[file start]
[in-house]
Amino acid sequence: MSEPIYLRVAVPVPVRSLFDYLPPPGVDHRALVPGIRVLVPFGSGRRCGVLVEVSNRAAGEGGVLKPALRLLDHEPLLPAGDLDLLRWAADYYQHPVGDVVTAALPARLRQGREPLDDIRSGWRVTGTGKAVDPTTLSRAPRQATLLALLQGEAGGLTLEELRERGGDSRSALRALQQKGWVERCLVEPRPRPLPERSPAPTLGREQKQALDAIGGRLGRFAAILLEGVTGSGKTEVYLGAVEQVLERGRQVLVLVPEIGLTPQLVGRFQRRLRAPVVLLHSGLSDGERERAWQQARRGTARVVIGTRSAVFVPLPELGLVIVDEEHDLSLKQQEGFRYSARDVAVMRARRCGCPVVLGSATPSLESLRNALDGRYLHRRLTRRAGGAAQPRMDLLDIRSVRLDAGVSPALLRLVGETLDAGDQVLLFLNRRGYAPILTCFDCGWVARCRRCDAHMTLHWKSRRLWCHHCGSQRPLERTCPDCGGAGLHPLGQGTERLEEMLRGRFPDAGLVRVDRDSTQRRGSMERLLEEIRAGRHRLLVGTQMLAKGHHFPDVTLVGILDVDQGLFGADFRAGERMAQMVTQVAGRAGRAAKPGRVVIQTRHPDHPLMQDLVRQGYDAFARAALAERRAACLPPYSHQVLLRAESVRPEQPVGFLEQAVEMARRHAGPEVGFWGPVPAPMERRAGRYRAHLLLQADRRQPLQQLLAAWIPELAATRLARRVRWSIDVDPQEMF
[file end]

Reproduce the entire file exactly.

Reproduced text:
[in-house]
Amino acid sequence: MSEPIYLRVAVPVPVRSLFDYLPPPGVDHRALVPGIRVLVPFGSGRRCGVLVEVSNRAAGEGGVLKPALRLLDHEPLLPAGDLDLLRWAADYYQHPVGDVVTAALPARLRQGREPLDDIRSGWRVTGTGKAVDPTTLSRAPRQATLLALLQGEAGGLTLEELRERGGDSRSALRALQQKGWVERCLVEPRPRPLPERSPAPTLGREQKQALDAIGGRLGRFAAILLEGVTGSGKTEVYLGAVEQVLERGRQVLVLVPEIGLTPQLVGRFQRRLRAPVVLLHSGLSDGERERAWQQARRGTARVVIGTRSAVFVPLPELGLVIVDEEHDLSLKQQEGFRYSARDVAVMRARRCGCPVVLGSATPSLESLRNALDGRYLHRRLTRRAGGAAQPRMDLLDIRSVRLDAGVSPALLRLVGETLDAGDQVLLFLNRRGYAPILTCFDCGWVARCRRCDAHMTLHWKSRRLWCHHCGSQRPLERTCPDCGGAGLHPLGQGTERLEEMLRGRFPDAGLVRVDRDSTQRRGSMERLLEEIRAGRHRLLVGTQMLAKGHHFPDVTLVGILDVDQGLFGADFRAGERMAQMVTQVAGRAGRAAKPGRVVIQTRHPDHPLMQDLVRQGYDAFARAALAERRAACLPPYSHQVLLRAESVRPEQPVGFLEQAVEMARRHAGPEVGFWGPVPAPMERRAGRYRAHLLLQADRRQPLQQLLAAWIPELAATRLARRVRWSIDVDPQEMF